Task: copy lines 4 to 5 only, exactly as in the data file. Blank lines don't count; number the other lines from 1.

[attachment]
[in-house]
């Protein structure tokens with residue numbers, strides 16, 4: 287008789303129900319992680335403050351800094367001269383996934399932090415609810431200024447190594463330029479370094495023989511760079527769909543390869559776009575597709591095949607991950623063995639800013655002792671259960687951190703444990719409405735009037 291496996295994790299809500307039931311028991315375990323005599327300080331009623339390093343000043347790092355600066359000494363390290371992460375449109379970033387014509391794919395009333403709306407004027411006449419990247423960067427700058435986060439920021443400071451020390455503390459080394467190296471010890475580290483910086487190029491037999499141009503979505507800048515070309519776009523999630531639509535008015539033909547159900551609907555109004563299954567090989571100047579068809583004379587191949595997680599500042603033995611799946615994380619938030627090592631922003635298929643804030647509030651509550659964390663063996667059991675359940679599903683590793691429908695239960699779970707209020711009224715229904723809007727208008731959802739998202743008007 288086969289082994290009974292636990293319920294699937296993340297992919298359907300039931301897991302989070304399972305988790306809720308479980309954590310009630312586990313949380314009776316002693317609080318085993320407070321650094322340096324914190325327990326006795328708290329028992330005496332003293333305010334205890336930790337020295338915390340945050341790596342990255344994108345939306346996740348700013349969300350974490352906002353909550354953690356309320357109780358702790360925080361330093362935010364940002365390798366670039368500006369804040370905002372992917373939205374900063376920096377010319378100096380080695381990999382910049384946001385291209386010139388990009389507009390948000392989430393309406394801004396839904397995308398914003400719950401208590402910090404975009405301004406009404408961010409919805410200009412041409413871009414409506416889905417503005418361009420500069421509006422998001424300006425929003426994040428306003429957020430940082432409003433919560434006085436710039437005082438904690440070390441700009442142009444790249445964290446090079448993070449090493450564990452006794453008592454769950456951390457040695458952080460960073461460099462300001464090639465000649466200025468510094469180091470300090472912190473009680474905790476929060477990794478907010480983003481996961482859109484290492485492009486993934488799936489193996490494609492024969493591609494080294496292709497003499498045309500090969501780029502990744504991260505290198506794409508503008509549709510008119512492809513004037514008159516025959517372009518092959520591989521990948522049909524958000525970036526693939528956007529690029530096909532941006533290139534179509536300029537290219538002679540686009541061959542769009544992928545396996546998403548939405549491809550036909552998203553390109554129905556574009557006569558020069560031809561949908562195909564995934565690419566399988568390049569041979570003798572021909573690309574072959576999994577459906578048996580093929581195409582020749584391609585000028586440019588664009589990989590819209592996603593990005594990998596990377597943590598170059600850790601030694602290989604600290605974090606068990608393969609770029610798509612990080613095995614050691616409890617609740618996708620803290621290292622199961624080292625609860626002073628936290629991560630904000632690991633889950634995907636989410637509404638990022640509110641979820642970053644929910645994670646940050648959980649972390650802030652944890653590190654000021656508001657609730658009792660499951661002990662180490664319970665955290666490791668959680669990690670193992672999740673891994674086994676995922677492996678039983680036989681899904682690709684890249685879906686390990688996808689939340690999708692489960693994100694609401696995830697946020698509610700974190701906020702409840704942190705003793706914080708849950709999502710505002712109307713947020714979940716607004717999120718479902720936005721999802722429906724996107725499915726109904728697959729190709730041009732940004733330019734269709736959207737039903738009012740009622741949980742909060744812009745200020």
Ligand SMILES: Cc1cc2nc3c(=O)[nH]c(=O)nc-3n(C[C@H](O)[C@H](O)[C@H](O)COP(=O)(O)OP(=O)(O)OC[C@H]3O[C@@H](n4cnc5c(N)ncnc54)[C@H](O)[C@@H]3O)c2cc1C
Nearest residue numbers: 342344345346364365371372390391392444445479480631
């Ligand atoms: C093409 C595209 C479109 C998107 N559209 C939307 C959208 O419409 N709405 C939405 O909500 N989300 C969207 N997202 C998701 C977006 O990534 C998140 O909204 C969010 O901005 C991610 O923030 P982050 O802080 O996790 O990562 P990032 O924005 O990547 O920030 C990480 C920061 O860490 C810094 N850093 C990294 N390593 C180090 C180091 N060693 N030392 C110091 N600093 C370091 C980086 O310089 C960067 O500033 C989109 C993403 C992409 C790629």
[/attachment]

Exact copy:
Nearest residue numbers: 342344345346364365371372390391392444445479480631
């Ligand atoms: C093409 C595209 C479109 C998107 N559209 C939307 C959208 O419409 N709405 C939405 O909500 N989300 C969207 N997202 C998701 C977006 O990534 C998140 O909204 C969010 O901005 C991610 O923030 P982050 O802080 O996790 O990562 P990032 O924005 O990547 O920030 C990480 C920061 O860490 C810094 N850093 C990294 N390593 C180090 C180091 N060693 N030392 C110091 N600093 C370091 C980086 O310089 C960067 O500033 C989109 C993403 C992409 C790629």